What documents do I need to work in Ireland as a European citizen?
If you're a citizen of a European Union (EU) country, you're entitled to work in Ireland without the need for a work permit or visa. However, there are still some important documents you'll need to have in order to work in Ireland legally and smoothly. Here's a rundown of the documents you'll need as an EU citizen working in Ireland.
Personal identification: You'll need to have a valid form of personal identification, such as a passport or national identity card, to prove your identity and citizenship.
Personal Public Service (PPS) number: A PPS number is a unique identifier issued by the Irish government to anyone who needs to access public services, including employment. You'll need to apply for a PPS number before you can start working in Ireland. You can apply for a PPS number at your local Social Welfare office by presenting your passport or national identity card, proof of address, and evidence of your right to work in Ireland.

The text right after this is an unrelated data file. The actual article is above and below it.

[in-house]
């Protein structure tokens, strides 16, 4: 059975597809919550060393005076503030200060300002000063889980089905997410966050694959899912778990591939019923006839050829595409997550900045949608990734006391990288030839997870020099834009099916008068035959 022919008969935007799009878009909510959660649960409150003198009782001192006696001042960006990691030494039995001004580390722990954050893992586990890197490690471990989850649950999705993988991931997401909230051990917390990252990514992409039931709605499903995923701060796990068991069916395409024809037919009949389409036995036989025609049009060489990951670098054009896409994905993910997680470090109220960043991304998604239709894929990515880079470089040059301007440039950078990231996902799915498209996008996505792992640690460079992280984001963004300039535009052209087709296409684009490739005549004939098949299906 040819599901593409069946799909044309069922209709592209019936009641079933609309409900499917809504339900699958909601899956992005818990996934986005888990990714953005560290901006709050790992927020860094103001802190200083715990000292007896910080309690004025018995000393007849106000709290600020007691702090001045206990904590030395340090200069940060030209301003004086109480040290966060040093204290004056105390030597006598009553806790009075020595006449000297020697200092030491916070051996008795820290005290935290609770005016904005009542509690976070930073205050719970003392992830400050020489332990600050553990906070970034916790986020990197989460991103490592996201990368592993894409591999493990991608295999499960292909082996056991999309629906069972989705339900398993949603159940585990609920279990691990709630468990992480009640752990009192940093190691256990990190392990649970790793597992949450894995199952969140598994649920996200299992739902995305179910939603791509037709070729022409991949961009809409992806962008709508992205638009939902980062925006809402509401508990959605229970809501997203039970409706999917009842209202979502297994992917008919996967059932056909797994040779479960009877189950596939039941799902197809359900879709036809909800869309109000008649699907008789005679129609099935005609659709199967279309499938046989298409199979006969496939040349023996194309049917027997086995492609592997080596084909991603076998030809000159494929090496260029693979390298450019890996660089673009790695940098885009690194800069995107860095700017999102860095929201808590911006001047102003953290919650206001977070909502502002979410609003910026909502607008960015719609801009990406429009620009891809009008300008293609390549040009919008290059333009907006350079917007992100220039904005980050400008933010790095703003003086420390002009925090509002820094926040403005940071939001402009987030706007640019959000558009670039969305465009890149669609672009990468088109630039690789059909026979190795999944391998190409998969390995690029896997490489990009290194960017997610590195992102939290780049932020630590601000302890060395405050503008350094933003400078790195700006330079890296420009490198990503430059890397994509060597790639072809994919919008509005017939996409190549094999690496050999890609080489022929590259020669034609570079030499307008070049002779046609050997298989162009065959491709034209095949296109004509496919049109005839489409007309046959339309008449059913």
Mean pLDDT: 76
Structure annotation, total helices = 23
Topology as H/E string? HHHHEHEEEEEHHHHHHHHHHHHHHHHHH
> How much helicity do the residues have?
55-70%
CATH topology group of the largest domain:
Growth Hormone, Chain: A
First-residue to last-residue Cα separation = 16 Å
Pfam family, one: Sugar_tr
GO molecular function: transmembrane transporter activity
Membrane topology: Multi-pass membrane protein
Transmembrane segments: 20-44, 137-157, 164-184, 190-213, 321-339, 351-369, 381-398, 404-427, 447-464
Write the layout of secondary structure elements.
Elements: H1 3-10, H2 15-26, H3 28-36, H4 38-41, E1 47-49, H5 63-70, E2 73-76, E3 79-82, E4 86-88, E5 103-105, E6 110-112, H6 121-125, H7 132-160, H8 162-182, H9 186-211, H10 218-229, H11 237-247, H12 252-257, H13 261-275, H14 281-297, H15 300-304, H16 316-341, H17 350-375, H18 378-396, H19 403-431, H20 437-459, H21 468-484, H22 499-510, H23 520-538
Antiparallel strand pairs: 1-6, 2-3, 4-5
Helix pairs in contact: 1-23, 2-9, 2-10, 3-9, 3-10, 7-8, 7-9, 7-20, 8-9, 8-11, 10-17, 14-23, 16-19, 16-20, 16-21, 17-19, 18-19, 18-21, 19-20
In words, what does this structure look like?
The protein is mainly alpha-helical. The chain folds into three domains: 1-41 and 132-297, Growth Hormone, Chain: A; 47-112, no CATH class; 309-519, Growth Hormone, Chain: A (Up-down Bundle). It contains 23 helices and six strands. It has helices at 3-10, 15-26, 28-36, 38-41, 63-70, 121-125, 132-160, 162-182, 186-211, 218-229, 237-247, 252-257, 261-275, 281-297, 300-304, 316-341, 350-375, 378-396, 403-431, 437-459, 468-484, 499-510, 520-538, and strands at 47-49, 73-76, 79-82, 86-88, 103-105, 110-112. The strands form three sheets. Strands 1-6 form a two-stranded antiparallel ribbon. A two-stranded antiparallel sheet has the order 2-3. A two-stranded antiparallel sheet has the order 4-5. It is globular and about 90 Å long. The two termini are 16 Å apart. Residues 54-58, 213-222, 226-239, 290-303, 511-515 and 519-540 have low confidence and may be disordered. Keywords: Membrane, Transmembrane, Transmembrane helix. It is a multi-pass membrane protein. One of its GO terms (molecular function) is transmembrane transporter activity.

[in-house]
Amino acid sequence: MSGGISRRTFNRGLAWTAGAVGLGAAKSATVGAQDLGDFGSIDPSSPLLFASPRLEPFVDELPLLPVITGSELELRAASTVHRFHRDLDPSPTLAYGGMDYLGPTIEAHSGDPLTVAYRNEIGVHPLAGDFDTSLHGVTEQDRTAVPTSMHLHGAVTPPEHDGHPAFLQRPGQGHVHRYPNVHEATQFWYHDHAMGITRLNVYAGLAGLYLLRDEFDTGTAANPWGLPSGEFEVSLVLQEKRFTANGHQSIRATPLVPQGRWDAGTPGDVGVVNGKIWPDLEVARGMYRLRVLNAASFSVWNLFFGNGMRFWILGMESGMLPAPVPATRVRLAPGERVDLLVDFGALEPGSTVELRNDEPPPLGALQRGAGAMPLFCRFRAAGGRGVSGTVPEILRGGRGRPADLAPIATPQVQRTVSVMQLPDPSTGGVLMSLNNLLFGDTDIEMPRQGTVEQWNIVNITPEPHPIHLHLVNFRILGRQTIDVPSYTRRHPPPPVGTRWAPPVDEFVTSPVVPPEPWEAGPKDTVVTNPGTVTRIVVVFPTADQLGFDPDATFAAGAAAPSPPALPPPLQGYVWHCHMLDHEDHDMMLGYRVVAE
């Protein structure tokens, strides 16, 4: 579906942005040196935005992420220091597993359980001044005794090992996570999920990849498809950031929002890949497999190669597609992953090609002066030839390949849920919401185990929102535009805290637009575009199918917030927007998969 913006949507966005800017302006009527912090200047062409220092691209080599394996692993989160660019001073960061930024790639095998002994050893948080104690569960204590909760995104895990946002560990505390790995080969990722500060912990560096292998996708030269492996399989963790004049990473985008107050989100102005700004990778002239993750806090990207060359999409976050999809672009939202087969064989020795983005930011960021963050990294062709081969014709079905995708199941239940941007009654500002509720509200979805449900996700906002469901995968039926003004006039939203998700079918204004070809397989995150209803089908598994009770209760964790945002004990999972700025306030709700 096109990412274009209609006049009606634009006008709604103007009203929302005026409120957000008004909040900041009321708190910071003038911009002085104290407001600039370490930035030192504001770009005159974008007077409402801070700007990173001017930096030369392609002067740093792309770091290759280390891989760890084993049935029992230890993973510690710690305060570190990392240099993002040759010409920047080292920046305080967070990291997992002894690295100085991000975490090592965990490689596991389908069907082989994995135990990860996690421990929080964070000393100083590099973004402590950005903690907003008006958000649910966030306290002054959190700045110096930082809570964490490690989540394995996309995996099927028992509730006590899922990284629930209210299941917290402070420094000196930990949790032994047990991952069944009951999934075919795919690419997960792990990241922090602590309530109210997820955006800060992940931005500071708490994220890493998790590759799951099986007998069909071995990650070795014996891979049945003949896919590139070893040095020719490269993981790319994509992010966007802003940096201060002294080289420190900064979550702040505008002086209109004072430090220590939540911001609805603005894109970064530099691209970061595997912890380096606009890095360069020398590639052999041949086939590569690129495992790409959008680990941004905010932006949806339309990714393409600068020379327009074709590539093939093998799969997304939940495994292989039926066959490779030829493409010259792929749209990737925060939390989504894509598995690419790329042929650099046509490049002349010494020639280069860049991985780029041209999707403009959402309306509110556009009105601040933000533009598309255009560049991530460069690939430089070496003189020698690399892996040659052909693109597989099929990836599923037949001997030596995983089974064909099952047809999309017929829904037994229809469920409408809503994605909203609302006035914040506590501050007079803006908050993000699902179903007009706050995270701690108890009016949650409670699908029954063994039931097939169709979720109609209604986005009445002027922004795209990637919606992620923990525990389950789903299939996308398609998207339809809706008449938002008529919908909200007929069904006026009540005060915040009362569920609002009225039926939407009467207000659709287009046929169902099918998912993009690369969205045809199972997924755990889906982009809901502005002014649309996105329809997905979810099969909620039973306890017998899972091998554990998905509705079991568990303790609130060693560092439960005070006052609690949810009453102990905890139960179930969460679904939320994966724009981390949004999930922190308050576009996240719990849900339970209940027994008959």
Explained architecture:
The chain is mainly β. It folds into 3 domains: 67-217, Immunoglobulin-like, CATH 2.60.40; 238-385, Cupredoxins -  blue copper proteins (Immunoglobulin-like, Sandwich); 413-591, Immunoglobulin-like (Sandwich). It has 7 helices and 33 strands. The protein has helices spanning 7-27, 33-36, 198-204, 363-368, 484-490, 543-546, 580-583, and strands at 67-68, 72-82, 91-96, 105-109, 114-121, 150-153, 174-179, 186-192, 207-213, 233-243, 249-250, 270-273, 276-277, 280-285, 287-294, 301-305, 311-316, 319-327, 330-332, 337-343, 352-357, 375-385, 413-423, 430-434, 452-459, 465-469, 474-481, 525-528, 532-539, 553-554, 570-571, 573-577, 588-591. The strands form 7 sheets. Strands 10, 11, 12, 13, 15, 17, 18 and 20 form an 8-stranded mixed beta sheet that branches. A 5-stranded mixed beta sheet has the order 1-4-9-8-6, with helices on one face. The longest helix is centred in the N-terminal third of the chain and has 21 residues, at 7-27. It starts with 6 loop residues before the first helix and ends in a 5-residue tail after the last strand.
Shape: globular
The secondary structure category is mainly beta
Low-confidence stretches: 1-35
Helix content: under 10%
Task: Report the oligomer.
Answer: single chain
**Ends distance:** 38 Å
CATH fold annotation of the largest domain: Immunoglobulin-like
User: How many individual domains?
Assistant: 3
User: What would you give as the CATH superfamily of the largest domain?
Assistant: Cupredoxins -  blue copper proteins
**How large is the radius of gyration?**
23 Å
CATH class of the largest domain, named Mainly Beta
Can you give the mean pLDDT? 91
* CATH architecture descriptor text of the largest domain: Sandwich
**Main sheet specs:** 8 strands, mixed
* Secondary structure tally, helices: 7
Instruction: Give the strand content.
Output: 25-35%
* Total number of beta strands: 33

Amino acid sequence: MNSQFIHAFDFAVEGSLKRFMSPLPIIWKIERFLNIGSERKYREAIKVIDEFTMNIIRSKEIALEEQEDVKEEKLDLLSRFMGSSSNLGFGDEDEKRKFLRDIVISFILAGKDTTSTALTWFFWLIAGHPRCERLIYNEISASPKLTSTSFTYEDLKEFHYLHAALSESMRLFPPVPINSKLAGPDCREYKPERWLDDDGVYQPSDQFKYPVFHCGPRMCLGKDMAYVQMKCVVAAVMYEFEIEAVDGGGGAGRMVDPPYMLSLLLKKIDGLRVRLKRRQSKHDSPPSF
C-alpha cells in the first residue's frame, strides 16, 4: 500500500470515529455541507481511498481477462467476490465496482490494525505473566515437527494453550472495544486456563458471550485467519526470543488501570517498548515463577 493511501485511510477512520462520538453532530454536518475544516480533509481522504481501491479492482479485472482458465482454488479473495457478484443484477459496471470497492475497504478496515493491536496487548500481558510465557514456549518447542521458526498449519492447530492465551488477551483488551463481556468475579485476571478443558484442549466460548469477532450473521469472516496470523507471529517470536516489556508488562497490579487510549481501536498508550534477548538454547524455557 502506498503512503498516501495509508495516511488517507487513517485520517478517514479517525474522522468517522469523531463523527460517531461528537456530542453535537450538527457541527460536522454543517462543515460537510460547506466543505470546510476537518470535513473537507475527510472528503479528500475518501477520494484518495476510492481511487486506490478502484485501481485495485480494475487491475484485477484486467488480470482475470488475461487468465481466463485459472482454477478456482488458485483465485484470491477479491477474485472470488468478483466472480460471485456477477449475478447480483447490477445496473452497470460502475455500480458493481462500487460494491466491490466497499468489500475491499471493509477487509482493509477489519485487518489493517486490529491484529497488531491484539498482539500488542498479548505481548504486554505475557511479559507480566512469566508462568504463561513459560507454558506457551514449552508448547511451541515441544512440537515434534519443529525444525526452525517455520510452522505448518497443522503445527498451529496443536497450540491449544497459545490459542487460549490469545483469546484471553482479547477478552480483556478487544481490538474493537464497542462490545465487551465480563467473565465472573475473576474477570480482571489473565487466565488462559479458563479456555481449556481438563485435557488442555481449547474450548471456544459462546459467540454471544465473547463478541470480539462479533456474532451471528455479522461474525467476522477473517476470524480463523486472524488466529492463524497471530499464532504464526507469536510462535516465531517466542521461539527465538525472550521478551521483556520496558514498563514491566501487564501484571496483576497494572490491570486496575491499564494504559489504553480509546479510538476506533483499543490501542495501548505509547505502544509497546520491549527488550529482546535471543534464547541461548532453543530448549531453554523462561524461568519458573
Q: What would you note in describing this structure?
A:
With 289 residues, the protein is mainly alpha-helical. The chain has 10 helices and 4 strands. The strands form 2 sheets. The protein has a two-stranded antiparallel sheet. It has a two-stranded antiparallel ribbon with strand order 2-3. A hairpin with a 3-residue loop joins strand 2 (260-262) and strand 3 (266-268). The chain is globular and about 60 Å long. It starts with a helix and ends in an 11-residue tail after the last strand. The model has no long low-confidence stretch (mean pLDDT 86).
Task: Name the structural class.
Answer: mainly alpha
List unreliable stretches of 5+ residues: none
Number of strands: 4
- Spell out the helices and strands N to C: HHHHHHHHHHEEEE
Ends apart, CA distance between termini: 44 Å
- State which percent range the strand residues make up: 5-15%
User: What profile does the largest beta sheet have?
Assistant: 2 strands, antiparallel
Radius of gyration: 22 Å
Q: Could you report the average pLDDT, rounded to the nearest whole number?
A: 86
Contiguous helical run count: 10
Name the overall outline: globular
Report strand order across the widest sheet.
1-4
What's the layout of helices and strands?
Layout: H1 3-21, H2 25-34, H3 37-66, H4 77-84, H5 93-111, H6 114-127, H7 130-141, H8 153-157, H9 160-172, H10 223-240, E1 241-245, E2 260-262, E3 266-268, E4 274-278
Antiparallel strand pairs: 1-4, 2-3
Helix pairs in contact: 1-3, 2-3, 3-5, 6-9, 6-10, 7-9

Tax registration: You'll need to register with the Revenue Commissioners, Ireland's tax authority, in order to pay taxes on your income. You can register online or by filling out a paper form and submitting it to your local Revenue office.
In conclusion, as an EU citizen, you have the right to work in Ireland without the need for a work permit or visa. However, there are still some important documents you'll need to have in order to work legally and smoothly in Ireland. By ensuring you have all the necessary documents, you can start your new job with confidence and enjoy all that Ireland has to offer.
Tax in Ireland as an expat
If you're an EU citizen living in Ireland, it's important to understand the tax laws and regulations that apply to you. Taxes in Ireland are based on residency, meaning that you will be subject to Irish taxes if you live in Ireland for at least 183 days in a tax year.
Irish residents are subject to income tax on their worldwide income. The tax rates for 2022 range from 20% to 40%, depending on your income level. In addition, there is a Universal Social Charge (USC) that ranges from 0.5% to 11%, depending on your income level.
It's important to note that Ireland has tax treaties with a number of countries, including all other EU member states. These treaties are designed to prevent double taxation, meaning that you won't be taxed on the same income twice.